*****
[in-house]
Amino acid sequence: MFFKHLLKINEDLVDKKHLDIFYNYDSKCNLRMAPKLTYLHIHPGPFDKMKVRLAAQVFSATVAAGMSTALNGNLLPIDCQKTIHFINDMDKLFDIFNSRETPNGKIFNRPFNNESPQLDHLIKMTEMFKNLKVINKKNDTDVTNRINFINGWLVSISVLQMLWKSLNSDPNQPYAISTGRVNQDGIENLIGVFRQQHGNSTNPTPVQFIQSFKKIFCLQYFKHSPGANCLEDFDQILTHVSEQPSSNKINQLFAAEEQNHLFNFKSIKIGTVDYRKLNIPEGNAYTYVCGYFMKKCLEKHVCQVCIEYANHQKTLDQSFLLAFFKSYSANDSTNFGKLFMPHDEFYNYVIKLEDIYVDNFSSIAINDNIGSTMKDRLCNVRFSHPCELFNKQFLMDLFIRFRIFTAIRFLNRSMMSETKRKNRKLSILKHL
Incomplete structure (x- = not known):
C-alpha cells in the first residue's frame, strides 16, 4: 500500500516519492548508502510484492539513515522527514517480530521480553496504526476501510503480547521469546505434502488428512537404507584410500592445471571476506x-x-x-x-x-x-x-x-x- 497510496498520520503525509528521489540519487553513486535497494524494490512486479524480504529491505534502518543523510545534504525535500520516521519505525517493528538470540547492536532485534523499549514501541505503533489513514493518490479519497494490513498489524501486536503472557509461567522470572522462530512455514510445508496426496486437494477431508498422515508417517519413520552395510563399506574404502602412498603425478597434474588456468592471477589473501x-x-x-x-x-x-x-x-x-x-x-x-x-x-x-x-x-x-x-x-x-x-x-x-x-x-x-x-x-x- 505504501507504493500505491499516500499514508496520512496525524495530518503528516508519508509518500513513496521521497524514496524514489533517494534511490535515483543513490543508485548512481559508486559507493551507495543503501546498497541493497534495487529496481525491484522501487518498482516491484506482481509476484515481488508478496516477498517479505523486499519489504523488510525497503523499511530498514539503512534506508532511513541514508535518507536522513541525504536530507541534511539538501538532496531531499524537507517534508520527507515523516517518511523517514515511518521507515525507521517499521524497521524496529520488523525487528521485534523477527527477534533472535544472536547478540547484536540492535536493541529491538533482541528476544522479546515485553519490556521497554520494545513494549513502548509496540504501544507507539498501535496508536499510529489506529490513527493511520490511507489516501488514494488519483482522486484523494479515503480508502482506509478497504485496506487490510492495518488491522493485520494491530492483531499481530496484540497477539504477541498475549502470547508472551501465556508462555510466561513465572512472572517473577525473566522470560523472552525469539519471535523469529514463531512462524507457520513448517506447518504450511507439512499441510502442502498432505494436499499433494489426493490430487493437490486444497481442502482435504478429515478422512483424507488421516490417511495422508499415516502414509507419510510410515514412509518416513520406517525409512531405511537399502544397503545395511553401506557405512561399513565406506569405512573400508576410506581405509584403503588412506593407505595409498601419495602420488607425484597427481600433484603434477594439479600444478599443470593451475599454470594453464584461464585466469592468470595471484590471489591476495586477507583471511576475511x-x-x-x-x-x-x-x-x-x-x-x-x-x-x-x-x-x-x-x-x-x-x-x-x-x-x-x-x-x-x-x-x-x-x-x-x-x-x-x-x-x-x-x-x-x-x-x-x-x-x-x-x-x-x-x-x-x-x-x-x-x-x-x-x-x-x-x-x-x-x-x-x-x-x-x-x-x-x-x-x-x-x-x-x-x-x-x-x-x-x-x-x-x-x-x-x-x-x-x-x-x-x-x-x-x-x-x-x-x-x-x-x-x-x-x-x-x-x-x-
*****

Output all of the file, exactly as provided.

[in-house]
Amino acid sequence: MFFKHLLKINEDLVDKKHLDIFYNYDSKCNLRMAPKLTYLHIHPGPFDKMKVRLAAQVFSATVAAGMSTALNGNLLPIDCQKTIHFINDMDKLFDIFNSRETPNGKIFNRPFNNESPQLDHLIKMTEMFKNLKVINKKNDTDVTNRINFINGWLVSISVLQMLWKSLNSDPNQPYAISTGRVNQDGIENLIGVFRQQHGNSTNPTPVQFIQSFKKIFCLQYFKHSPGANCLEDFDQILTHVSEQPSSNKINQLFAAEEQNHLFNFKSIKIGTVDYRKLNIPEGNAYTYVCGYFMKKCLEKHVCQVCIEYANHQKTLDQSFLLAFFKSYSANDSTNFGKLFMPHDEFYNYVIKLEDIYVDNFSSIAINDNIGSTMKDRLCNVRFSHPCELFNKQFLMDLFIRFRIFTAIRFLNRSMMSETKRKNRKLSILKHL
Incomplete structure (x- = not known):
C-alpha cells in the first residue's frame, strides 16, 4: 500500500516519492548508502510484492539513515522527514517480530521480553496504526476501510503480547521469546505434502488428512537404507584410500592445471571476506x-x-x-x-x-x-x-x-x- 497510496498520520503525509528521489540519487553513486535497494524494490512486479524480504529491505534502518543523510545534504525535500520516521519505525517493528538470540547492536532485534523499549514501541505503533489513514493518490479519497494490513498489524501486536503472557509461567522470572522462530512455514510445508496426496486437494477431508498422515508417517519413520552395510563399506574404502602412498603425478597434474588456468592471477589473501x-x-x-x-x-x-x-x-x-x-x-x-x-x-x-x-x-x-x-x-x-x-x-x-x-x-x-x-x-x- 505504501507504493500505491499516500499514508496520512496525524495530518503528516508519508509518500513513496521521497524514496524514489533517494534511490535515483543513490543508485548512481559508486559507493551507495543503501546498497541493497534495487529496481525491484522501487518498482516491484506482481509476484515481488508478496516477498517479505523486499519489504523488510525497503523499511530498514539503512534506508532511513541514508535518507536522513541525504536530507541534511539538501538532496531531499524537507517534508520527507515523516517518511523517514515511518521507515525507521517499521524497521524496529520488523525487528521485534523477527527477534533472535544472536547478540547484536540492535536493541529491538533482541528476544522479546515485553519490556521497554520494545513494549513502548509496540504501544507507539498501535496508536499510529489506529490513527493511520490511507489516501488514494488519483482522486484523494479515503480508502482506509478497504485496506487490510492495518488491522493485520494491530492483531499481530496484540497477539504477541498475549502470547508472551501465556508462555510466561513465572512472572517473577525473566522470560523472552525469539519471535523469529514463531512462524507457520513448517506447518504450511507439512499441510502442502498432505494436499499433494489426493490430487493437490486444497481442502482435504478429515478422512483424507488421516490417511495422508499415516502414509507419510510410515514412509518416513520406517525409512531405511537399502544397503545395511553401506557405512561399513565406506569405512573400508576410506581405509584403503588412506593407505595409498601419495602420488607425484597427481600433484603434477594439479600444478599443470593451475599454470594453464584461464585466469592468470595471484590471489591476495586477507583471511576475511x-x-x-x-x-x-x-x-x-x-x-x-x-x-x-x-x-x-x-x-x-x-x-x-x-x-x-x-x-x-x-x-x-x-x-x-x-x-x-x-x-x-x-x-x-x-x-x-x-x-x-x-x-x-x-x-x-x-x-x-x-x-x-x-x-x-x-x-x-x-x-x-x-x-x-x-x-x-x-x-x-x-x-x-x-x-x-x-x-x-x-x-x-x-x-x-x-x-x-x-x-x-x-x-x-x-x-x-x-x-x-x-x-x-x-x-x-x-x-x-